Oz show tests new user-pays model
That Start Up Show.
An Australian variety show created for the internet is released today on BitTorrent Bundle in an experiment to test consumers’ willingness to pay for content.
The 6-episode That Start Up Show features budding entrepreneurs filmed in front of an audience at the Savoy Tavern in Melbourne, mixed with pre-recorded footage.
The first two pilot episodes are being offered free as an enticement to persuade users to fork out $US2.99 to buy the series. The producers will get 90% of the revenues.
Launched in 2013, the direct-to-fan publishing platform is used by more than 30,000 creators, mostly in the fields of music and documentaries, and has a global reach of 170 million people.
“It’s a bit of an experiment as we try out a new avenue for content creators,” the show’s creator, co-producer and showrunner Anna Reeves tells IF.
Hosted by Dan Ilic (Studio Ten, Can of Worms, Hungry Beast) the show explores the ups and downs of being a start-up intermixed with comic sketches, interviews and start-up pitches.
The two pilots were released on YouTube last August and had more than 125,000 views. However the producers found themselves homeless when YouTube changed its policy, outlawing sponsors from appearing in the pre-roll credits.
Then they heard BitTorrent Bundle was starting to engage with filmmakers and video producers, most notably when a deal was struck with BBC Worldwide to release a digital box-set of 10 episodes of Doctor Who on the file-sharing platform.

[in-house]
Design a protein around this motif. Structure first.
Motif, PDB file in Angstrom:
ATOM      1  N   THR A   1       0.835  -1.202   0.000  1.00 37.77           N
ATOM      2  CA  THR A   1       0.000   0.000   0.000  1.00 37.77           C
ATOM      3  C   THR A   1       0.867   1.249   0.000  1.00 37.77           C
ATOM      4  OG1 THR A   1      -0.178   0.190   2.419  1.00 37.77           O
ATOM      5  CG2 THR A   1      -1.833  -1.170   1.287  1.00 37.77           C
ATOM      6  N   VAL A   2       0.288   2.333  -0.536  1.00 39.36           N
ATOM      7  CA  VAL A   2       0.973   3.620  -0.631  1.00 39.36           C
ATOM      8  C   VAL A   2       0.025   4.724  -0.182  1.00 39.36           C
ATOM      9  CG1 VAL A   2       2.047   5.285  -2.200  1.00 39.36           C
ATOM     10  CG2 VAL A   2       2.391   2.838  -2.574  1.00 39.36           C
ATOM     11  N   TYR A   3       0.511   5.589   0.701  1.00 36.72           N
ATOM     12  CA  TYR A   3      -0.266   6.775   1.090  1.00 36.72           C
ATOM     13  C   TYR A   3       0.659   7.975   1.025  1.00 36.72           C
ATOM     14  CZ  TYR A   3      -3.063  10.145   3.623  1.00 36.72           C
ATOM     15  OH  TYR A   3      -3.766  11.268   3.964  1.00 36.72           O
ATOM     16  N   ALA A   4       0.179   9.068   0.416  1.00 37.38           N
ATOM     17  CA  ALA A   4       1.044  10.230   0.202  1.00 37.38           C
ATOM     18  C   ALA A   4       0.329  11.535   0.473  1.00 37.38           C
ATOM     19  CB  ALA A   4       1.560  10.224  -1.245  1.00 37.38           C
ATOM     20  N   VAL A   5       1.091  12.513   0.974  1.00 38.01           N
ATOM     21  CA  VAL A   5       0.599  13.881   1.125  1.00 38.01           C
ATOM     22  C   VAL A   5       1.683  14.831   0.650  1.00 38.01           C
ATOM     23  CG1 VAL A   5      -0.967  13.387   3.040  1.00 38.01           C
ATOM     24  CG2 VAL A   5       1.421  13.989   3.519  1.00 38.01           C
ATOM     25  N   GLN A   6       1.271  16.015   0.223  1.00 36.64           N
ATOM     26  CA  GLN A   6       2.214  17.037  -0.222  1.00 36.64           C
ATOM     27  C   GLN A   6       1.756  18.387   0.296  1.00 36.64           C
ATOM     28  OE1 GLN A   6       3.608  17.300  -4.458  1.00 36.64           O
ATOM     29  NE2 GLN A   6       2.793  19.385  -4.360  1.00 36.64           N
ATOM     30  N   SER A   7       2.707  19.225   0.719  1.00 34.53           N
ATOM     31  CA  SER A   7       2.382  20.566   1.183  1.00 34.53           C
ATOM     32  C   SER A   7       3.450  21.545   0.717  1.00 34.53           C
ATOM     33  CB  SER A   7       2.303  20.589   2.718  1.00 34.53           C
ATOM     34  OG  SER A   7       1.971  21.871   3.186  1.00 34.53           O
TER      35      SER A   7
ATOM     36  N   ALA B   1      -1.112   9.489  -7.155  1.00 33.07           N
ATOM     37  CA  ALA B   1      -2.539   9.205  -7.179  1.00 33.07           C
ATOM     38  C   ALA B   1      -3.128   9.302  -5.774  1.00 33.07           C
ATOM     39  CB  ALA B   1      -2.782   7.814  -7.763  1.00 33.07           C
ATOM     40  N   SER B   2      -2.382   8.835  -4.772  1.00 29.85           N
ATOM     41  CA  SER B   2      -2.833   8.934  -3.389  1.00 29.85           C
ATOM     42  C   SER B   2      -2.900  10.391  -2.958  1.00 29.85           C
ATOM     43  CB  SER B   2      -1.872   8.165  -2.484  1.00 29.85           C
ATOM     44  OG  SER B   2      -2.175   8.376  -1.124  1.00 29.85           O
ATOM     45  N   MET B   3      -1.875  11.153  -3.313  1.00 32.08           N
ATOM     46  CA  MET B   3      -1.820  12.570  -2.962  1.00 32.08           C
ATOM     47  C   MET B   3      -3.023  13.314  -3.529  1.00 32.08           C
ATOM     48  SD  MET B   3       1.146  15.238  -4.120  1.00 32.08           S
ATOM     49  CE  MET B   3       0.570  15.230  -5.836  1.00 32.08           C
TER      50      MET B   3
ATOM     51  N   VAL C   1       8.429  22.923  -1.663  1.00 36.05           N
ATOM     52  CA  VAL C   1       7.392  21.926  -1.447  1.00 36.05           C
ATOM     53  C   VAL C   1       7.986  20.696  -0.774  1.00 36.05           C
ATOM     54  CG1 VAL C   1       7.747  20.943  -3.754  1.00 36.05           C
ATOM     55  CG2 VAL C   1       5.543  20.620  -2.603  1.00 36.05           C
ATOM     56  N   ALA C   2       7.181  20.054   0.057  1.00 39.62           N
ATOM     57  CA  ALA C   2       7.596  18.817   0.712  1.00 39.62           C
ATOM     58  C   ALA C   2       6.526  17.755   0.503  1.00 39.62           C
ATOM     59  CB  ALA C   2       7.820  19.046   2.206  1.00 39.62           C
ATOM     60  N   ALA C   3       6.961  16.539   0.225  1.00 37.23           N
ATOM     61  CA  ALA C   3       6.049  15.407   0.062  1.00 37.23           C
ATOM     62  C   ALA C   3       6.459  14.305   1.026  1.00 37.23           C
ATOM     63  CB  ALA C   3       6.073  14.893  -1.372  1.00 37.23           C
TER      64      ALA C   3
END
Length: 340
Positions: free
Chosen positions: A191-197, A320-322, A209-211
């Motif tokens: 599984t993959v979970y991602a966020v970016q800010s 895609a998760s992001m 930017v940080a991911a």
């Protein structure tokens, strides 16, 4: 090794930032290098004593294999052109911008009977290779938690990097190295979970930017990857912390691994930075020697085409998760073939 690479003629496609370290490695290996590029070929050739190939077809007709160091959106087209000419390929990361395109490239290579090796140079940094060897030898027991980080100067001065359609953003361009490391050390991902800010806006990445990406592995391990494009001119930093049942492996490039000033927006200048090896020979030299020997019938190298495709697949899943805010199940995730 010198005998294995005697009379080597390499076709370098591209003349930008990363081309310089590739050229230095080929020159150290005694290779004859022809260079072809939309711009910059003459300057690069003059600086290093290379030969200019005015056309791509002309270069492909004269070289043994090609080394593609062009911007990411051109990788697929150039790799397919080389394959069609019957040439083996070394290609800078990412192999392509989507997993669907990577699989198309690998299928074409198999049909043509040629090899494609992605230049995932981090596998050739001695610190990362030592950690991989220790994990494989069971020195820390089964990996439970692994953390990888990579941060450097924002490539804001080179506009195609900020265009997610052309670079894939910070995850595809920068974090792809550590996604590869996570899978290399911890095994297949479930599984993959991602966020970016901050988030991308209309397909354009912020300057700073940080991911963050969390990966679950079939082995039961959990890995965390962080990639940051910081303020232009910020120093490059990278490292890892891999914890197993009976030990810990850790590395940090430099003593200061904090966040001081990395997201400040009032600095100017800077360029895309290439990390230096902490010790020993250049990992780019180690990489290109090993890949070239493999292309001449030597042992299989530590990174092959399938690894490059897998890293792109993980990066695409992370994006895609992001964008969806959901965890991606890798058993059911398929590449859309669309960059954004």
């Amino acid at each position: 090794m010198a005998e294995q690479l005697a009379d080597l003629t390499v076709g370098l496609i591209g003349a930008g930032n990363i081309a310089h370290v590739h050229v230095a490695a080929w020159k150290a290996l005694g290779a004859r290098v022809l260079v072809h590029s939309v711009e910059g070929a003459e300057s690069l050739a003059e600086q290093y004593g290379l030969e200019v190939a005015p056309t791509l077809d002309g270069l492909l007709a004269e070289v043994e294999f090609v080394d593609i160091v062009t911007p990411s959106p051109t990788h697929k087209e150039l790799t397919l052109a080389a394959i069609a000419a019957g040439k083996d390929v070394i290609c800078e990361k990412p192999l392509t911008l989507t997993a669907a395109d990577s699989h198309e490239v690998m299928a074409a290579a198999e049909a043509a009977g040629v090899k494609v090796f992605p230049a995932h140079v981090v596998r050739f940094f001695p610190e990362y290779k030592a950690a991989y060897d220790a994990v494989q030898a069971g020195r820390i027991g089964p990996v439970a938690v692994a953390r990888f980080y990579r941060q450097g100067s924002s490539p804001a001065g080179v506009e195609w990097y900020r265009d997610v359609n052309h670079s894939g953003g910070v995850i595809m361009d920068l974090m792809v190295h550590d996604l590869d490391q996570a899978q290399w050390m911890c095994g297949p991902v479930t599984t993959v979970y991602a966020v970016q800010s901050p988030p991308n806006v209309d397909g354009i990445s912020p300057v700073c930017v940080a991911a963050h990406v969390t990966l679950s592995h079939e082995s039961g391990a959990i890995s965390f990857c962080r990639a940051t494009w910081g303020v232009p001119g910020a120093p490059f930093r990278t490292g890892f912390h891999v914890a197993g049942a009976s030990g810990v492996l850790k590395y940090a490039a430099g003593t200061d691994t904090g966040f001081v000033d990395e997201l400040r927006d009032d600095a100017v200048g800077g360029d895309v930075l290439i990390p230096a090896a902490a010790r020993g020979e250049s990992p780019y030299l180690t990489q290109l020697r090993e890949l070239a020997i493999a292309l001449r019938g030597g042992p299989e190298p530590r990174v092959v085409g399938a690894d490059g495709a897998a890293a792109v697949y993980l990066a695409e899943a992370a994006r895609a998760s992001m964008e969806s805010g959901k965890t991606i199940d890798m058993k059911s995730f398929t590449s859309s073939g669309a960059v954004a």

That Start Up Show’s co-producer Ahmed Salama was the executive producer of cult horror movie The Tunnel, which was the the first feature to be distributed via BitTorrent, with more than 15 million free downloads.
The producers say theirs is the first Australian online show to premiere exclusively on BitTorrent.
A seventh episode featuring a pitching competition in which the prize is a mentored trip to Silicon Valley to meet global players who can help make his or her start-up dream a reality will be filmed soon.
Illustrating the platform’s potential, Thom Yorke’s 2014 album Tomorrow’s Modern Boxes has been downloaded more than 4.5 million times at $US6 a pop.
Straith Schreder, BitTorrent’s San Francisco-based director of content strategy, said: “BitTorrent Bundle was built to support creativity: our goal is to share the stories of emerging artists and innovators; to invite fans into the invention process.
“That Start Up Show provides an original and compelling look into innovation culture — the culture that moves and connects our global user base.”
The producers are so confident about the initiative they are preparing a second series.